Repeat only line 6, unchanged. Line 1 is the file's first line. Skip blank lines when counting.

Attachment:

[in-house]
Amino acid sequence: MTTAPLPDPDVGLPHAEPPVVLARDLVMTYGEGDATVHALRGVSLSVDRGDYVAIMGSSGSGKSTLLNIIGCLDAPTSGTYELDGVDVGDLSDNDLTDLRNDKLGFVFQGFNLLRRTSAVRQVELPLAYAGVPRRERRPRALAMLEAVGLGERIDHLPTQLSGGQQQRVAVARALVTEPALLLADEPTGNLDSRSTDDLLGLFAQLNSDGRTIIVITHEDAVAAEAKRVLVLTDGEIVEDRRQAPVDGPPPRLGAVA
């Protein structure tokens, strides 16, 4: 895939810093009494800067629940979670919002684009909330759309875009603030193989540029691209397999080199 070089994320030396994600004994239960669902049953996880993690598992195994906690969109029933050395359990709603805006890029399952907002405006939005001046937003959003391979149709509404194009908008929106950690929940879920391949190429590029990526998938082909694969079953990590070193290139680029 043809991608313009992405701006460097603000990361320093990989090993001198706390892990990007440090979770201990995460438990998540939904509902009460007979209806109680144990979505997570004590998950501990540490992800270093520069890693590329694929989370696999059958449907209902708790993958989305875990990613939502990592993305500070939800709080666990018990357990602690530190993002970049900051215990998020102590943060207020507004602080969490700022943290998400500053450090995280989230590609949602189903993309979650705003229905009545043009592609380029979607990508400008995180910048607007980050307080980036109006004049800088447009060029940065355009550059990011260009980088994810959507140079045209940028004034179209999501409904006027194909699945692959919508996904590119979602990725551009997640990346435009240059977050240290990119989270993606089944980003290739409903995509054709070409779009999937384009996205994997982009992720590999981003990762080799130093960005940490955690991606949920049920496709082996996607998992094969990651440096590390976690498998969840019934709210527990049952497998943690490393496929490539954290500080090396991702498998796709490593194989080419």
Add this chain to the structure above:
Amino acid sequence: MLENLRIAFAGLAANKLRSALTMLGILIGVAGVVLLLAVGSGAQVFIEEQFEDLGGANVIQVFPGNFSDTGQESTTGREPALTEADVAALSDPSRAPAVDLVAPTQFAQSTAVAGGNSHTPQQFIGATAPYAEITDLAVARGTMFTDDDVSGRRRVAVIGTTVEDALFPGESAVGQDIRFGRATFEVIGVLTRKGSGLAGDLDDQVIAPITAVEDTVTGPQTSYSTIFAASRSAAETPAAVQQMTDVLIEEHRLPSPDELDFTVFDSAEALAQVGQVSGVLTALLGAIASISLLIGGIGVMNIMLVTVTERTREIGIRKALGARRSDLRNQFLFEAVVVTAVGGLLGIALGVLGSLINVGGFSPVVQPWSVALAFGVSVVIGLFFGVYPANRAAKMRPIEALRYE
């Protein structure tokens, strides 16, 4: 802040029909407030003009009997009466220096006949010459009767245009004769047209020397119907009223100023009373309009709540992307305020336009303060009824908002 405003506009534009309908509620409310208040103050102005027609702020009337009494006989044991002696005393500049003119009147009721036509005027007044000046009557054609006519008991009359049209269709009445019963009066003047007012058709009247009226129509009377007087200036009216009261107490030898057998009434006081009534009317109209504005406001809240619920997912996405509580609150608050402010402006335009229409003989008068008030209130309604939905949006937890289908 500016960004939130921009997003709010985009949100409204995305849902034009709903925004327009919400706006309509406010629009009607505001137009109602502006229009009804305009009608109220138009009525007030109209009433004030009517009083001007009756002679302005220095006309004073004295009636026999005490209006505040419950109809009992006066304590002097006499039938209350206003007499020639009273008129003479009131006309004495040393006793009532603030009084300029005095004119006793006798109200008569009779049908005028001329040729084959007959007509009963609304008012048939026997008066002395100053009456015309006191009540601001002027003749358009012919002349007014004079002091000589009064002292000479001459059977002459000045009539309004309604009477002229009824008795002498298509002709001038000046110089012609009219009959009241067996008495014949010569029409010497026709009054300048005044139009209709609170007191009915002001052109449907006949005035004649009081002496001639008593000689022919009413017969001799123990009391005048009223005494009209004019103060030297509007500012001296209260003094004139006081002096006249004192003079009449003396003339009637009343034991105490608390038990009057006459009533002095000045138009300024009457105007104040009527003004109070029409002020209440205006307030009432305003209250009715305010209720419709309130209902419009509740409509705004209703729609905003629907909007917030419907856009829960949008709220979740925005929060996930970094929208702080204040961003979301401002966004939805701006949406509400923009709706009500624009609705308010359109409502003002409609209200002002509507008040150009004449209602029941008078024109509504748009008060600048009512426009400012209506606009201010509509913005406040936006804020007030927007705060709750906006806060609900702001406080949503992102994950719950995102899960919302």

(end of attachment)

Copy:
């Protein structure tokens, strides 16, 4: 802040029909407030003009009997009466220096006949010459009767245009004769047209020397119907009223100023009373309009709540992307305020336009303060009824908002 405003506009534009309908509620409310208040103050102005027609702020009337009494006989044991002696005393500049003119009147009721036509005027007044000046009557054609006519008991009359049209269709009445019963009066003047007012058709009247009226129509009377007087200036009216009261107490030898057998009434006081009534009317109209504005406001809240619920997912996405509580609150608050402010402006335009229409003989008068008030209130309604939905949006937890289908 500016960004939130921009997003709010985009949100409204995305849902034009709903925004327009919400706006309509406010629009009607505001137009109602502006229009009804305009009608109220138009009525007030109209009433004030009517009083001007009756002679302005220095006309004073004295009636026999005490209006505040419950109809009992006066304590002097006499039938209350206003007499020639009273008129003479009131006309004495040393006793009532603030009084300029005095004119006793006798109200008569009779049908005028001329040729084959007959007509009963609304008012048939026997008066002395100053009456015309006191009540601001002027003749358009012919002349007014004079002091000589009064002292000479001459059977002459000045009539309004309604009477002229009824008795002498298509002709001038000046110089012609009219009959009241067996008495014949010569029409010497026709009054300048005044139009209709609170007191009915002001052109449907006949005035004649009081002496001639008593000689022919009413017969001799123990009391005048009223005494009209004019103060030297509007500012001296209260003094004139006081002096006249004192003079009449003396003339009637009343034991105490608390038990009057006459009533002095000045138009300024009457105007104040009527003004109070029409002020209440205006307030009432305003209250009715305010209720419709309130209902419009509740409509705004209703729609905003629907909007917030419907856009829960949008709220979740925005929060996930970094929208702080204040961003979301401002966004939805701006949406509400923009709706009500624009609705308010359109409502003002409609209200002002509507008040150009004449209602029941008078024109509504748009008060600048009512426009400012209506606009201010509509913005406040936006804020007030927007705060709750906006806060609900702001406080949503992102994950719950995102899960919302």